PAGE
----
Study of Nebraska job and industry growth identifies areas closely aligned with Career Education

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The conclusions of a September 2010 study focused on growing jobs, industries and talent in Nebraska provide strong evidence for the increased importance and value of Career Education in the state.

The study, conducted by Battelle Technology Partnership Practice on behalf of the Nebraska Department of Economic Development and the Nebraska Department of Labor, outlines key strategies for growing jobs, industries and talent in the state.

Under the supervision of the school nurse, students in the Health Career Academy at Norfolk Public Schools get hands-on experience in patient care. Career academies allow students to focus on a specific career area by taking a handful of highly focused courses, sometimes including college credit courses while in high school. This innovative career technical education (CTE) strategy is a great way for students to better understand the real-world demands of a career area, helping them determine if it is a good fit for them.

Under the supervision of the school nurse, students in the Health Career Academy at Norfolk Public Schools get hands-on experience in patient care.

The primary growth areas for Nebraska’s economy identified in the study will require a workforce that integrates core academics with the specific skills and knowledge gained in Career Education courses in high school and college. “Agriculture will continue to be our number one industry. We also see great potential in transportation, warehousing, distribution and logistics thanks to our central location,” said Nebraska Lieutenant Governor Rick Sheehy. ” Biosciences, biofuels and wind energy will be important growth areas—as will finance and software development.”

The Battelle study also pointed to the areas of hospitality and tourism, health services, engineering, food processing and manufacturing as key industry clusters for Nebraska job growth—again, career areas closely aligned with Career Education.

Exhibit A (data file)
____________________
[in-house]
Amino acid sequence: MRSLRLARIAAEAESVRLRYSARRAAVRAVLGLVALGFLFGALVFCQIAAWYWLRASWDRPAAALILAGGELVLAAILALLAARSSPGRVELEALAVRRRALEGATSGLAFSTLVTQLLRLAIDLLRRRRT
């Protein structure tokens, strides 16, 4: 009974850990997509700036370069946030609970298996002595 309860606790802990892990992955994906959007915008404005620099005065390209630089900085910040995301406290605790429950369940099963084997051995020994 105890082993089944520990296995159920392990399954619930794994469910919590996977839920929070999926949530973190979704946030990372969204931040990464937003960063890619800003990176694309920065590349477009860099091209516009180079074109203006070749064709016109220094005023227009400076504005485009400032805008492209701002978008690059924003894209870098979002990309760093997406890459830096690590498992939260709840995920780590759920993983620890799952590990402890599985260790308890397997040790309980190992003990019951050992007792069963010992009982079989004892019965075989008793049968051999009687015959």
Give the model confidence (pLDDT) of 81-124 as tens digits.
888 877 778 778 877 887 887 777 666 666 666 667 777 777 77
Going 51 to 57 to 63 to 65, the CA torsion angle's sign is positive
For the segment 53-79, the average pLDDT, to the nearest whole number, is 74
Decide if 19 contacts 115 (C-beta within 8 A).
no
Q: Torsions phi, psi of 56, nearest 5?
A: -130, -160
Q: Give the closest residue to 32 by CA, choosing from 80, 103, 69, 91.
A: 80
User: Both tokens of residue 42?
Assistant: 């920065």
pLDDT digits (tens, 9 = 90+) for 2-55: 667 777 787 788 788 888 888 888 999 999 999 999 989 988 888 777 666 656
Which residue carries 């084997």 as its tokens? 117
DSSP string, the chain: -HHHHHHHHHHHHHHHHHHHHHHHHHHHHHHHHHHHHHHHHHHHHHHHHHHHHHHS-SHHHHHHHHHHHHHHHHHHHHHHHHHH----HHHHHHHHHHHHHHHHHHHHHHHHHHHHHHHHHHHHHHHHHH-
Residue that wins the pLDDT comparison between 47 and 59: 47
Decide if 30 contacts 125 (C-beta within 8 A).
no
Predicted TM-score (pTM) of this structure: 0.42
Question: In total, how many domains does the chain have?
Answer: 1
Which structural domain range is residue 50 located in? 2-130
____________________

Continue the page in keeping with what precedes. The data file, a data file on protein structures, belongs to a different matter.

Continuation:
“There is a direct tie between education and economic vitality in Nebraska,” Sheehy said.

A student in the Diesel Technology program at Central Community College in Hastings diagnoses an engine using computer technology. Today's Career Technical Education (CTE) requires a combination of skill, knowledge and technology expertise. Additionally, most careers require education beyond high school, so Nebraska community colleges and Nebraska secondary schools are working closely together to provide cooperative programs, dual credit courses and other innovative programs to help students enjoy success in college and career.

A student in the Diesel Technology program at Central Community College in Hastings diagnoses an engine using computer technology.

Catherine Lang, Commissioner for the Nebraska Department of Labor, agrees. “Career and technical education will play a significant role in helping our young people understand the career opportunities in Nebraska and the wide array of skill sets needed for Nebraska businesses to succeed,” Lang said.

Lang says Nebraska students need to understand that “you don’t have to leave our state to find a successful, high-paying, high-demand, high-skilled job in Nebraska.”

Sheehy said he speaks frequently to young people across the state, from elementary to college students. “I tell them how small the world is and how a good education is important to be able to compete in a global environment,” Sheehy added. “By the time today’s elementary students enter the workforce, many of them will be entering jobs that haven’t even been identified or created at this point.”